SNP leadership 'undermining' independence claim, while indy economist warns against 'too soon' separate currency

A leading voice in the independence campaign, Jim Sillars, has accused Nicola Sturgeon of undermining their shared political cause with “manufactured grudge and grievance” against Westminster.

Jim Sillars has written his autobiography.

The former deputy leader of the party said constantly depicting the UK government as an “anti-Scottish institution” hardens the minds of No voters, as does regarding Scottish supporters of the union as “traitors”.

His hard-hitting criticisms of SNP policy come as former SNP MSP, and author of the party’s Growth Commission report on the economics of independence, Andrew Wilson, said an early push to establish a separate Scottish currency if the country were to become independent could lead to it being devalued and risk “capital flight”.

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The double whammy of warnings to the SNP come just days after Nicola Sturgeon reaffirmed her commitment to holding a second independence referendum in the first half of the new parliamentary term.

At the announcement of her draft co-operation agreement with the Scottish Greens, she said the deal made it “impossible on any democratic basis” for Boris Johnson to continue to refuse a second vote on the constitution.

According to Mr Sillars in his autobiography, "A Difference of Opinion: My Political Journey”, continually suggesting that Westminster was trying to “shaft” Scotland, was not helpful to the independence cause.

"That fires up the party but does it serve the nation's interests? I think not,” writes Mr Sillars. “I am not sure that it serves the independence movement well either."

He adds: "The fact is no one sits in ministerial offices in London thinking of how to shaft Scotland.

"At the very worst, they simply don't give us much thought. That idea that deliberate "Scotland shafting" is going on has a grip on the 'Yes' and SNP minds and it has led to the policy of advancing the case for independence through manufactured grudge and grievance.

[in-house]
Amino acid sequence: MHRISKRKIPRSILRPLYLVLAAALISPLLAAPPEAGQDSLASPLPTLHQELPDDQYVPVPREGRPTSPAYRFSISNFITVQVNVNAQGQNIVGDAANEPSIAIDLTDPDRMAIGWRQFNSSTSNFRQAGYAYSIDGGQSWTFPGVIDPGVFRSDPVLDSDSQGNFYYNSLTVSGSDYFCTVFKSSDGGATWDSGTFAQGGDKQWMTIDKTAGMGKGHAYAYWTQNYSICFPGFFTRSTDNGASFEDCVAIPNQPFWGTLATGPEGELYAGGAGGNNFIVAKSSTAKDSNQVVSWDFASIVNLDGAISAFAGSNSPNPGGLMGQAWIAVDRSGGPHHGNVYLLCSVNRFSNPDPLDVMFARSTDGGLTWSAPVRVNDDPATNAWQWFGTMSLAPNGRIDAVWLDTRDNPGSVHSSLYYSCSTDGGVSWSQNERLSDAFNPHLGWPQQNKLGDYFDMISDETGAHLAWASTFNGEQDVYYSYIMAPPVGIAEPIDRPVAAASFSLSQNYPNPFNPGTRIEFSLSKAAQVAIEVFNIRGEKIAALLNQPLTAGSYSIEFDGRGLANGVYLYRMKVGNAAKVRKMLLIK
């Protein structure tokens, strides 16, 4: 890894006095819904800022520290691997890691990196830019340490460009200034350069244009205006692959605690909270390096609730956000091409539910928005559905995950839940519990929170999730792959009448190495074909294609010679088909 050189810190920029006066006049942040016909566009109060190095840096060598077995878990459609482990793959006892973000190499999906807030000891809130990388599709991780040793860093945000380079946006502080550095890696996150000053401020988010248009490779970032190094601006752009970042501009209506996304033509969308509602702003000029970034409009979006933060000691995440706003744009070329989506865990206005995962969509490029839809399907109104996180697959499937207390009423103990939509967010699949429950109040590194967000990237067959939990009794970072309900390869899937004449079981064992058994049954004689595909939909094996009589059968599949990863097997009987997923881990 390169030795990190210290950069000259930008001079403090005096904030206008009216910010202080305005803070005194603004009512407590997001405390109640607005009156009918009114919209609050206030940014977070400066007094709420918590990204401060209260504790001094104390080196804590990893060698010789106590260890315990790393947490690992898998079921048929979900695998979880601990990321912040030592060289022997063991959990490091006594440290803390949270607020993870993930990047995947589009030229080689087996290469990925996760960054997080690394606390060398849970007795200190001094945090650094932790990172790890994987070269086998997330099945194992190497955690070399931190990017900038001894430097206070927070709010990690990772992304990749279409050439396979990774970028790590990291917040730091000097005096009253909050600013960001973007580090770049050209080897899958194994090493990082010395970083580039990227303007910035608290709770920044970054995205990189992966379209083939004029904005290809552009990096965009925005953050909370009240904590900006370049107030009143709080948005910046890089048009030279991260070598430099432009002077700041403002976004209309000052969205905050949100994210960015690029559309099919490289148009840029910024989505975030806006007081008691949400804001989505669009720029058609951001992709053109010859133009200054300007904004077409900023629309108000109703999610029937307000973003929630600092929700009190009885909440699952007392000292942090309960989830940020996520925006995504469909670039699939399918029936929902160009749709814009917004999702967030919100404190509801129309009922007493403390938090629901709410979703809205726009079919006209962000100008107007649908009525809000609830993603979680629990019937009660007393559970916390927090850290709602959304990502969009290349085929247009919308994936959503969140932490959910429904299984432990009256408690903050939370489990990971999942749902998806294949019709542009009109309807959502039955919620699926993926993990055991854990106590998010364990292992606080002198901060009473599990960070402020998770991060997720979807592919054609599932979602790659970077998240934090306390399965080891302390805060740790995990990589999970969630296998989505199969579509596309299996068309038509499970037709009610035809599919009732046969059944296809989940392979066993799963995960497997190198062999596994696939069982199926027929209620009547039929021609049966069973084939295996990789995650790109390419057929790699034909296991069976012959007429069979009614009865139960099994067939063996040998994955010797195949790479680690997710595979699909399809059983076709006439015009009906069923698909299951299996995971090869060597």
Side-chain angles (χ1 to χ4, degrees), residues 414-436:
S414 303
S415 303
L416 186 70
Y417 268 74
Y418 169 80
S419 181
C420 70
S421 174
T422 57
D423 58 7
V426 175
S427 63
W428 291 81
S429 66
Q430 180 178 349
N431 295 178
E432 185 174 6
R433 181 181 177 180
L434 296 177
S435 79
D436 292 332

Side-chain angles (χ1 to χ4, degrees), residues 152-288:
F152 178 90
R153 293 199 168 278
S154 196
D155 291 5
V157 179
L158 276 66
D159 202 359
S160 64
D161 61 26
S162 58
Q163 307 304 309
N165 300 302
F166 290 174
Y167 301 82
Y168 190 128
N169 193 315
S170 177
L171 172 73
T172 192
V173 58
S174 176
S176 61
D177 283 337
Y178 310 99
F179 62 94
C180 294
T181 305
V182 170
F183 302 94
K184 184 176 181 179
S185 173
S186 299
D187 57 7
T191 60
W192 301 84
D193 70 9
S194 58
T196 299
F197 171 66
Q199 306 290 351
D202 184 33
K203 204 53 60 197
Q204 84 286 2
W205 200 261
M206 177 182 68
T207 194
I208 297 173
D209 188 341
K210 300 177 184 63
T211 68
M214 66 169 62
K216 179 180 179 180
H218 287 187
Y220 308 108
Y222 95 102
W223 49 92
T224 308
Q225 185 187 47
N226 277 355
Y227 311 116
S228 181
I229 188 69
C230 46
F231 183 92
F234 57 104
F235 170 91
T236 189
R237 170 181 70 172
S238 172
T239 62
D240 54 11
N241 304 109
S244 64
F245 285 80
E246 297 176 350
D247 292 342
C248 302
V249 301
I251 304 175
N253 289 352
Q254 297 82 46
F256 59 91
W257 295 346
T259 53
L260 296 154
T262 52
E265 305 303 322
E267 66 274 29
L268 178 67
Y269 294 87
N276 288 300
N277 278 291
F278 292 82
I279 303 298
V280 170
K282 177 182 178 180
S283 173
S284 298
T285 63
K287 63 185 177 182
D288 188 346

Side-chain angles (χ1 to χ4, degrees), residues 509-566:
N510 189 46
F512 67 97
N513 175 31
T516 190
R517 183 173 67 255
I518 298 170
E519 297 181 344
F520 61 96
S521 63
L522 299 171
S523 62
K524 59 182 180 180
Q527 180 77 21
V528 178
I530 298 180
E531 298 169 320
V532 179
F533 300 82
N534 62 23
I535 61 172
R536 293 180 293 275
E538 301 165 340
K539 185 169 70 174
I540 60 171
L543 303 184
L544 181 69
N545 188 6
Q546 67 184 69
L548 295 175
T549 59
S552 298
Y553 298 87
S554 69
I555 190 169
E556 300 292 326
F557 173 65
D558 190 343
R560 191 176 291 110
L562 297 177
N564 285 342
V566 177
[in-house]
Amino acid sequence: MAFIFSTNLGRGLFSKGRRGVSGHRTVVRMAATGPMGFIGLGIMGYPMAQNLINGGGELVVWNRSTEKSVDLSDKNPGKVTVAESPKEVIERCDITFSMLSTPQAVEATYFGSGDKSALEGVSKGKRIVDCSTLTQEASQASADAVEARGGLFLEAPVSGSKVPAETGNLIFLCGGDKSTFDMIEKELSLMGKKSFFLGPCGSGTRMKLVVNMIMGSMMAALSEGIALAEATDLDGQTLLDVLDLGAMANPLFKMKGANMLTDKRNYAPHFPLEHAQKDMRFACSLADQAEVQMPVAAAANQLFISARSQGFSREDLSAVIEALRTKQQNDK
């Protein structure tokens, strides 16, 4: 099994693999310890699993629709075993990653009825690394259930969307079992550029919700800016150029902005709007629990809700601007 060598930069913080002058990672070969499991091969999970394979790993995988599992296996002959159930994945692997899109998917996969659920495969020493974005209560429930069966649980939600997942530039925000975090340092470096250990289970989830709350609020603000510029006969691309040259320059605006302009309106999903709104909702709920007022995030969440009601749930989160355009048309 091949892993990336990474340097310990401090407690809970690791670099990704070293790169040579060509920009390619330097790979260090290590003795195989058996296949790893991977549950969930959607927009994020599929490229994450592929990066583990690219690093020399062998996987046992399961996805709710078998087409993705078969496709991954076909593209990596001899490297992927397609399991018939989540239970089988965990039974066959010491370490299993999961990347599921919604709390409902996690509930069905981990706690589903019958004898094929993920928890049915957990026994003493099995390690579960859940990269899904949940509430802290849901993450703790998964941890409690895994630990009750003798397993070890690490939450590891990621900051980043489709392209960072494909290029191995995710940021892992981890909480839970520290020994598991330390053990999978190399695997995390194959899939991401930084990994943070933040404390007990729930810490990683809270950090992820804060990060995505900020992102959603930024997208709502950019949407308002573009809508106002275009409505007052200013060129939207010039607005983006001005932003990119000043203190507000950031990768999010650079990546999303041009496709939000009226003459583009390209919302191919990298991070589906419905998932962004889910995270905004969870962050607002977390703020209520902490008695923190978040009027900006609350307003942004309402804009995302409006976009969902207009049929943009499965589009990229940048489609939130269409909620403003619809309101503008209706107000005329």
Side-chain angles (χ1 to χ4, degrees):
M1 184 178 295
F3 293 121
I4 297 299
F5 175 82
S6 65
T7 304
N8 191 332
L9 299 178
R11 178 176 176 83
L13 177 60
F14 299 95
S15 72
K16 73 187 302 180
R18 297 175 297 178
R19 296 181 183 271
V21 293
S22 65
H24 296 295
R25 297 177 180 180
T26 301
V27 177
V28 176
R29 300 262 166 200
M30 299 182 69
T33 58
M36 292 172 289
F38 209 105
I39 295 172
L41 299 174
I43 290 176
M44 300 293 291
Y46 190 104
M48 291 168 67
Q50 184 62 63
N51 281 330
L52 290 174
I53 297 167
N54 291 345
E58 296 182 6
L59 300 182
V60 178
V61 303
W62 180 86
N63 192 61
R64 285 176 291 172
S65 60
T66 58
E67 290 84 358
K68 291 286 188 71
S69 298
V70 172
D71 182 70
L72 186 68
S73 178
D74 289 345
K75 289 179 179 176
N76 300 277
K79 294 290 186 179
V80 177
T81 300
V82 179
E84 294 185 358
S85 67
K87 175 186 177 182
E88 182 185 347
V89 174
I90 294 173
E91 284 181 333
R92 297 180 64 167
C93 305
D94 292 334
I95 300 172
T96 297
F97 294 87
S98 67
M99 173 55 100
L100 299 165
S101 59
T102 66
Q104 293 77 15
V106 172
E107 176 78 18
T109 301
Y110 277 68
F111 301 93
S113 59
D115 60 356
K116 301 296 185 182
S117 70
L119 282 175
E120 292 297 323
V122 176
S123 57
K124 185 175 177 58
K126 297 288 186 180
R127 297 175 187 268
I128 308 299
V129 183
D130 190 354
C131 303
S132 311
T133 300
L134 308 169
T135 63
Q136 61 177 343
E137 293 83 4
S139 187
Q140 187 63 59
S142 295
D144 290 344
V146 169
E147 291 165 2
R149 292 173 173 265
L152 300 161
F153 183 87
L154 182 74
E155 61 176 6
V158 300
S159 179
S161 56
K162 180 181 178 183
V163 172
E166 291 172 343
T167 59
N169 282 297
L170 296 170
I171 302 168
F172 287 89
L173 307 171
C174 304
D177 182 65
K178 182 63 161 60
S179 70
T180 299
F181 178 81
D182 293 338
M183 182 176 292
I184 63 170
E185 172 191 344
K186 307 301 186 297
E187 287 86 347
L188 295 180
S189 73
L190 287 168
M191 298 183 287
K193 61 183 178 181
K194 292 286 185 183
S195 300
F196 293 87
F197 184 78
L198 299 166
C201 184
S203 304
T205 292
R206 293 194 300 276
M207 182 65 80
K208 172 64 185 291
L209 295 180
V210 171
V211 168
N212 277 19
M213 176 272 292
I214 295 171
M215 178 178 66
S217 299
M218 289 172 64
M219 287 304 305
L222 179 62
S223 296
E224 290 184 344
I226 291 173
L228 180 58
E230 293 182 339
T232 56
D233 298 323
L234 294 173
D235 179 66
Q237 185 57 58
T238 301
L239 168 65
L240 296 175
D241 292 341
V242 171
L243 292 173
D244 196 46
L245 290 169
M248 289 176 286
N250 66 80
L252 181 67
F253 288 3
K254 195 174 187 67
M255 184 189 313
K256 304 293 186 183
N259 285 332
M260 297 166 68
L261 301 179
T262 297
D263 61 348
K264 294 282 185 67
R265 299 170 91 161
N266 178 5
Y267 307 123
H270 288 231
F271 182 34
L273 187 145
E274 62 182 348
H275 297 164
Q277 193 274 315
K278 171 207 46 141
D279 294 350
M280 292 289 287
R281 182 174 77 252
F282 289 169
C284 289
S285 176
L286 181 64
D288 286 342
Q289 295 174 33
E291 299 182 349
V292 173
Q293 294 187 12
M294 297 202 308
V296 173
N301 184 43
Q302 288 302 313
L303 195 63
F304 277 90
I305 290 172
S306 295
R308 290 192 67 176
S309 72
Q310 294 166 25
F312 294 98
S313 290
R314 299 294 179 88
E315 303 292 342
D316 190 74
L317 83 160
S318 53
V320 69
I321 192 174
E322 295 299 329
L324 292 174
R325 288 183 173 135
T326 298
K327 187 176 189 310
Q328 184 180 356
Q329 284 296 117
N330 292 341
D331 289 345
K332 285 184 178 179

"The 'they are taking back powers' rage is an example. Grudge and grievance complaints against Westminster, combined with vitriolic attacks upon unionists via social media, make for a stupid policy. If 'Yes' is to win next time, it will be on the basis of persuasion and that will require a better understanding as to why so many No voters held to the Union last time and still do."

In the Sunday Times, Mr Sillars also warned the SNP approach gives a voice to “anti-Englishness” in Scotland.

"I don't think we should exaggerate the undertone of anti-Englishness that exists in Scotland, but it is there and the grudge and grievance tactic of the SNP leadership does play to it and keeps it alive," he said.

Mr Sillars also believes that by not accepting the result of the Brexit referendum, the SNP leadership undermines it’s own case for independence.

"By leaping upon every anti- Brexit forecast by the Treasury, Bank of England, Institute for Fiscal Studies and English-based think tanks, the party will find it impossible to reject their damning forecasts of the consequences of independence next time, as all such bodies did last time."

Meanwhile Andrew Wilson, who led the party's economic growth commission for Nicola Sturgeon, warned SNP members that moving too quickly to a separate currency in an independent Scotland could see the value of it collapse, hitting incomes and pensions, with the added risk of "capital flight" – money leaving the country.

Mr Wilson backs the SNP leadership view that an independent Scotland should initially keep the pound and allow the Bank of England to retain sovereignty on monetary issues.

However he added: "It is going to be hard work but it will ultimately be worth it."

Speaking on the Scotland's Choice podcast, Wilson added: "We want to manage for both the economic and political uncertainty that would come if we were going to move too quickly on currency.

"The risk would be that the currency would come into being and then quickly devalue, which would be most people in the markets' expectation.

"That would have an effect on people's income if they were waged in Sterling, it would affect people's pensions and mortgages.

"It could be upside, it could be downside; the key thing is it would be uncertain and the thing we want to manage for is the risk of money leaving the country, capital flight which for a new nation is a major risk."

The Scottish Labour MP Ian Murray said Wilson's comments started “to articulate the catastrophe of the SNP's plans but barely scratched the surface on the reality that would be faced by all Scots".

The SNP has been asked for comment.

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